I understand trading Marcus Smart and letting Grant Williams get his payday elsewhere. But I cannot bring myself to like it.

Maybe this is harsh, but it’s the truth: The coach had best be the most improved person in his given role on the basketball side of the organization next season.

Marcus Smart (left) and Grant Williams were two leaders among the Celtics.
Marcus Smart (left) and Grant Williams were two leaders among the Celtics. AP Photo/Chris Szagola

For the most part, I get Brad Stevens’s approach to the Celtics’ offseason. Respect it, too. He’s bolder than first expected in pursuing that elusive Banner 18.

Enjoying it is another matter, at least for now.

Stevens, in the midst of his third summer as president of basketball operations, is sacrificing quality depth and some toughness to add high-end talent, all the while wisely remaining below the punitive second tax “apron” (sheesh, what a tiresome word that already is) in the new collective bargaining agreement.

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It’s a tactic that is responsible and risky at once, and maybe that is what the Celtics, participants in five of the last seven Eastern Conference finals without a championship trophy to show for it, need to take the next jump-step forward.


Acquiring Kristaps Porzingis, a 7-foot-3-inch scoring whiz, raises the sum of pure talent on the roster and has a certain set of skills absent from the 2022-23 Celtics. He’ll make their offense more diverse. If most goes well, he might — might — even help them become champions.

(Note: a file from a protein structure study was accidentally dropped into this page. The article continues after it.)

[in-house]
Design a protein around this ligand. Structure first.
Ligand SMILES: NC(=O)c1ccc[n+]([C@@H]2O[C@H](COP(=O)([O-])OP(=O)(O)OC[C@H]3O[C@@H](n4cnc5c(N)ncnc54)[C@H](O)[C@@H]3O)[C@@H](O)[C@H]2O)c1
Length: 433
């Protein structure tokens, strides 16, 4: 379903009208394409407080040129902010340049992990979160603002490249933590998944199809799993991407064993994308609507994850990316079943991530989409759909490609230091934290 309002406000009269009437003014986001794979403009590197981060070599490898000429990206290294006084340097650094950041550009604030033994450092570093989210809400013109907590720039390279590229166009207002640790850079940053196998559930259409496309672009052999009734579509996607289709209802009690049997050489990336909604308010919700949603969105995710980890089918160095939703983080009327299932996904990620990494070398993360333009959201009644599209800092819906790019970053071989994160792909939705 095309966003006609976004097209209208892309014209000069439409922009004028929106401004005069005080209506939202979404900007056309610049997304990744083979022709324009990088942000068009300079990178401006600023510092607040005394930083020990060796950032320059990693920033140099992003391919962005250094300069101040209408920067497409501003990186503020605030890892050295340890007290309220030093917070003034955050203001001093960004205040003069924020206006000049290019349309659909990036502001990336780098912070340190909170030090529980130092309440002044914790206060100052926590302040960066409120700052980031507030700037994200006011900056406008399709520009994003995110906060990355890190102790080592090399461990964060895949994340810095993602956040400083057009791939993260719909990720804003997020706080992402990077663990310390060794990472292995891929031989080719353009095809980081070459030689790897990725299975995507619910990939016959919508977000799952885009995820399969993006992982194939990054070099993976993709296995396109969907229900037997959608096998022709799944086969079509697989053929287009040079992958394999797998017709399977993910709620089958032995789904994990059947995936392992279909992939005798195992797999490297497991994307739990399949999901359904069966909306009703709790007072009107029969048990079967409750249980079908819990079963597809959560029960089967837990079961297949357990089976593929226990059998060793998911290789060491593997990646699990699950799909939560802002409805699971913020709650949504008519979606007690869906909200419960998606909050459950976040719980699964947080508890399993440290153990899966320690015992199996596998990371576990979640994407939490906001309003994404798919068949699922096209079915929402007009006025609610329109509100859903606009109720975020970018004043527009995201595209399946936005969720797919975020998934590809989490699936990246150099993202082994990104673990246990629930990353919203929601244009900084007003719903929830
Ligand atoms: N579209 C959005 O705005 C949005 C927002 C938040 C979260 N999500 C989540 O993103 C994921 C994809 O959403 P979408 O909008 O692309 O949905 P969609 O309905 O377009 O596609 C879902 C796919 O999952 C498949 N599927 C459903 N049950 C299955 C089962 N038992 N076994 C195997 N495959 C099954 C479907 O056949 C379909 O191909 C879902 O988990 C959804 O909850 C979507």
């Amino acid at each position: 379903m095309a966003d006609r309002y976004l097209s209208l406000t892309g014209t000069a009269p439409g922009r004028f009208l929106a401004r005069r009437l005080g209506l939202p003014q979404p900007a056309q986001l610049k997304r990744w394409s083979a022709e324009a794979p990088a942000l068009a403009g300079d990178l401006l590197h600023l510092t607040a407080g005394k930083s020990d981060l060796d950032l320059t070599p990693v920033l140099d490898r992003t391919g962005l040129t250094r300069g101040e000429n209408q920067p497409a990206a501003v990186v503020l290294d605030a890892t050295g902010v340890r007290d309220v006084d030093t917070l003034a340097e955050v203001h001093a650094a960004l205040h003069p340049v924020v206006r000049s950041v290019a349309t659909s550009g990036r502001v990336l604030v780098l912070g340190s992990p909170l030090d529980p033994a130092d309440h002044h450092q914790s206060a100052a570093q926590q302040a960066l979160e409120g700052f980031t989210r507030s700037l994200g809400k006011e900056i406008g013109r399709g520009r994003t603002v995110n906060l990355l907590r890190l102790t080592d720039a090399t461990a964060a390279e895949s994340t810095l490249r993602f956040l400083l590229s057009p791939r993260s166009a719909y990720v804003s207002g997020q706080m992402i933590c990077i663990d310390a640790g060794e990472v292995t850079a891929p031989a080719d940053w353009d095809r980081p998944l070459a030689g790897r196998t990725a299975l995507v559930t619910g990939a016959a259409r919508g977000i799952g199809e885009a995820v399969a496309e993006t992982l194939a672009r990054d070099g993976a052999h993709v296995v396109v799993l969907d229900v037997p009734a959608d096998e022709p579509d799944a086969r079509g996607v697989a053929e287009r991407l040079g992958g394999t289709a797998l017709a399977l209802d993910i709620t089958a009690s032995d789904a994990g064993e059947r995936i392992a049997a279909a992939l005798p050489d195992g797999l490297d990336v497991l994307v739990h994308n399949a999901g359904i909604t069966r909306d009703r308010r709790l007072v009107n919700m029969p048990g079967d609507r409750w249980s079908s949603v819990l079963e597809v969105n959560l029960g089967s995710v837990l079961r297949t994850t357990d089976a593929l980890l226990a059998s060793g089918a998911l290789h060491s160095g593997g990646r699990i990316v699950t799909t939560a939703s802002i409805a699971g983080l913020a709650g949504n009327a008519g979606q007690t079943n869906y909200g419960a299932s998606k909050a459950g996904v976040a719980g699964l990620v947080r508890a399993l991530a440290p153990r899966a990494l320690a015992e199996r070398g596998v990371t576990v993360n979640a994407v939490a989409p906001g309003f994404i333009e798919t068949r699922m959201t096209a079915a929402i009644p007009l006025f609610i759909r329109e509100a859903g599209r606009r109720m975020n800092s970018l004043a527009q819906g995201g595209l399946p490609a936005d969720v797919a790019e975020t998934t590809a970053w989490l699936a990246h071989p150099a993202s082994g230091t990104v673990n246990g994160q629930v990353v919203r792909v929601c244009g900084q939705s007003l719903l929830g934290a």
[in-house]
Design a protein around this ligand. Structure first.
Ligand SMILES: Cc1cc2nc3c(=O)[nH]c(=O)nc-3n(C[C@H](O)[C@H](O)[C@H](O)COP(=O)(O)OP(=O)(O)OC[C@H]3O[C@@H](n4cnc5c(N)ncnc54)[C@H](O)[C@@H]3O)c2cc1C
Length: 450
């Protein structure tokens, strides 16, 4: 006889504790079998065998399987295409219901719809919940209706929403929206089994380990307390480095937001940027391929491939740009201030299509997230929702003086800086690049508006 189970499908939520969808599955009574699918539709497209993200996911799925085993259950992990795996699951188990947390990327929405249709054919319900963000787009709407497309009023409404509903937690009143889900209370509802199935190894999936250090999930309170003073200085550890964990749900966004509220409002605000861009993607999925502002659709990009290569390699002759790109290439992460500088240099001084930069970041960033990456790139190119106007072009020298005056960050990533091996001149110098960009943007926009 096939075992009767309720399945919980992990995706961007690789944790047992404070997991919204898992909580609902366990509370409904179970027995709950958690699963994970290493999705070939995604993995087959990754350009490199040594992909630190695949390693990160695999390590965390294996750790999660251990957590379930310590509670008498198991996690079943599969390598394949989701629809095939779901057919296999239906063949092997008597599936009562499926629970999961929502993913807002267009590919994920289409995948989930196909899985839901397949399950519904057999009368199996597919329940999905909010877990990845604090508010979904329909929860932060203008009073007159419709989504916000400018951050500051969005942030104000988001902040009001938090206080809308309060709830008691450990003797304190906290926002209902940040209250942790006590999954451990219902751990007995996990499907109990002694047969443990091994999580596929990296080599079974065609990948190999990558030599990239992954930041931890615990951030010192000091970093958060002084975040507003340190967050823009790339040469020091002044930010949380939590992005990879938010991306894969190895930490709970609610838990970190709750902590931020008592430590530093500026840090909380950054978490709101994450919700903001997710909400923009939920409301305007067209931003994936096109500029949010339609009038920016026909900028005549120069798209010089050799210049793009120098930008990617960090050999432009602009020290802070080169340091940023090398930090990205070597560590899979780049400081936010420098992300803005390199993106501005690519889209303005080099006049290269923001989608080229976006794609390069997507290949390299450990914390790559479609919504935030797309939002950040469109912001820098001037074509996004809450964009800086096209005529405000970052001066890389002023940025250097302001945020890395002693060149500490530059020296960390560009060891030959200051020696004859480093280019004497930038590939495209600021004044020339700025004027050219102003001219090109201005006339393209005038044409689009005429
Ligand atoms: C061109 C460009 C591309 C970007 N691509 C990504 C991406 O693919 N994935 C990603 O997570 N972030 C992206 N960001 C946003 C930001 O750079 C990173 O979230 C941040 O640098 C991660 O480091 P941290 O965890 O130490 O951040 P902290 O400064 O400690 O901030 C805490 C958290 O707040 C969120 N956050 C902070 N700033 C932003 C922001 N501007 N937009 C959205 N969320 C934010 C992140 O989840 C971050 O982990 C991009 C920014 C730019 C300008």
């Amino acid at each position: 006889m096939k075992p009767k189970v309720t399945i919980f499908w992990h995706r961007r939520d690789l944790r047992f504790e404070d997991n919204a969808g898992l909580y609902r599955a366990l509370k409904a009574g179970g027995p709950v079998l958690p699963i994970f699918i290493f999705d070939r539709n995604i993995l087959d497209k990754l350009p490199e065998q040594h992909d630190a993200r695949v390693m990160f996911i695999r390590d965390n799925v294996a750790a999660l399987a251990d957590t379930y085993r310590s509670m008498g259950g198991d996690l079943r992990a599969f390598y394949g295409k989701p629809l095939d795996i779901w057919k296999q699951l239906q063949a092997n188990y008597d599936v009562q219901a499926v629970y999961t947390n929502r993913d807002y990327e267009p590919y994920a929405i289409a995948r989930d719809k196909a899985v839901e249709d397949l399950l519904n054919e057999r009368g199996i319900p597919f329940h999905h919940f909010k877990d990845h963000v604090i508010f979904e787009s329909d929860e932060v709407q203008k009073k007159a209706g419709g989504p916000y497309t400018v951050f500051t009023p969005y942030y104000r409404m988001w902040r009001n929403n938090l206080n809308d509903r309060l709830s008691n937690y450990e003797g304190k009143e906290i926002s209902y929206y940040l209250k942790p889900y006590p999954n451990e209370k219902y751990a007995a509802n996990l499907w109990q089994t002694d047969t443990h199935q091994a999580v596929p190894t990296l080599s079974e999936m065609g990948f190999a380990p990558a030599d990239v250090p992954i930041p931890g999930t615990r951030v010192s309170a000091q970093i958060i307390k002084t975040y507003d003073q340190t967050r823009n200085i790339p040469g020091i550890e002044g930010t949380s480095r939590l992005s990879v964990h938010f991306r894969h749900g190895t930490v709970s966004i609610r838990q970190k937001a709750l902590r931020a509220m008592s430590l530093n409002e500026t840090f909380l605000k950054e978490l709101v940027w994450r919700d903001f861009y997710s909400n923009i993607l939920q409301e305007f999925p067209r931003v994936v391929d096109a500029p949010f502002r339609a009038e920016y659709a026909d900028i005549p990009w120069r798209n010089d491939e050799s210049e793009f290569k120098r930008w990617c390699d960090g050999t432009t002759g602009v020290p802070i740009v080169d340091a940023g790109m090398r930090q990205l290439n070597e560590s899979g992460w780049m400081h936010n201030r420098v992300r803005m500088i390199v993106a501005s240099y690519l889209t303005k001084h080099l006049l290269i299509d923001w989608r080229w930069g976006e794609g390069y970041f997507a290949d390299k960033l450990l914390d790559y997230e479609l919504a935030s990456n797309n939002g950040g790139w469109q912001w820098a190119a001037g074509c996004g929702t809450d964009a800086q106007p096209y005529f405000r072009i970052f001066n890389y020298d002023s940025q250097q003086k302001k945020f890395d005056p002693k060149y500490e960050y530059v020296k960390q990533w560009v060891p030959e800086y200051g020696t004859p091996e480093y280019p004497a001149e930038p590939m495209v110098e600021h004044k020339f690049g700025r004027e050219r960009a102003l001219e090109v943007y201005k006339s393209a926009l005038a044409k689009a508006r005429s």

But the new season doesn’t begin for another three months, and it’s easier now, with old highlight reels playing in our minds, to ponder what the Celtics have lost rather than what they have gained.

Bringing in Porzingis in a three-way trade with the Grizzlies and Wizards cost the Celtics Marcus Smart, the team’s heartbeat, if often an erratic one. Wednesday brought more change. Reserve forward and apparent Batman cosplayer Grant Williams departed for the Mavericks on a three-way sign-and-trade after agreeing to a four-year, $54 million deal as a restricted free agent.

I understand trading Smart and letting Williams — whose salary would have shot the Celtics past the dreaded second apron — get his payday elsewhere. But I cannot bring myself to like it.

I think I believed in and enjoyed last season’s Celtics team better than most, and so perhaps I’m coming at this from a perspective different than most. As exasperating as they could be right down to the suspense-free Game 7 of the conference finals against the Heat, I found every one of their players, from All-NBAers Jayson Tatum and Jaylen Brown all the way down the bench to the Bus 1 Boys, likable in one way or another. (Related: Bring back Blake Griffin, please.)


It’s too bad the mission went unfulfilled, because the Smarts and Horfords and Griffins have been waiting a long time to become champions, and the conversation around Tatum and Brown’s place in the league hierarchy would have changed for good.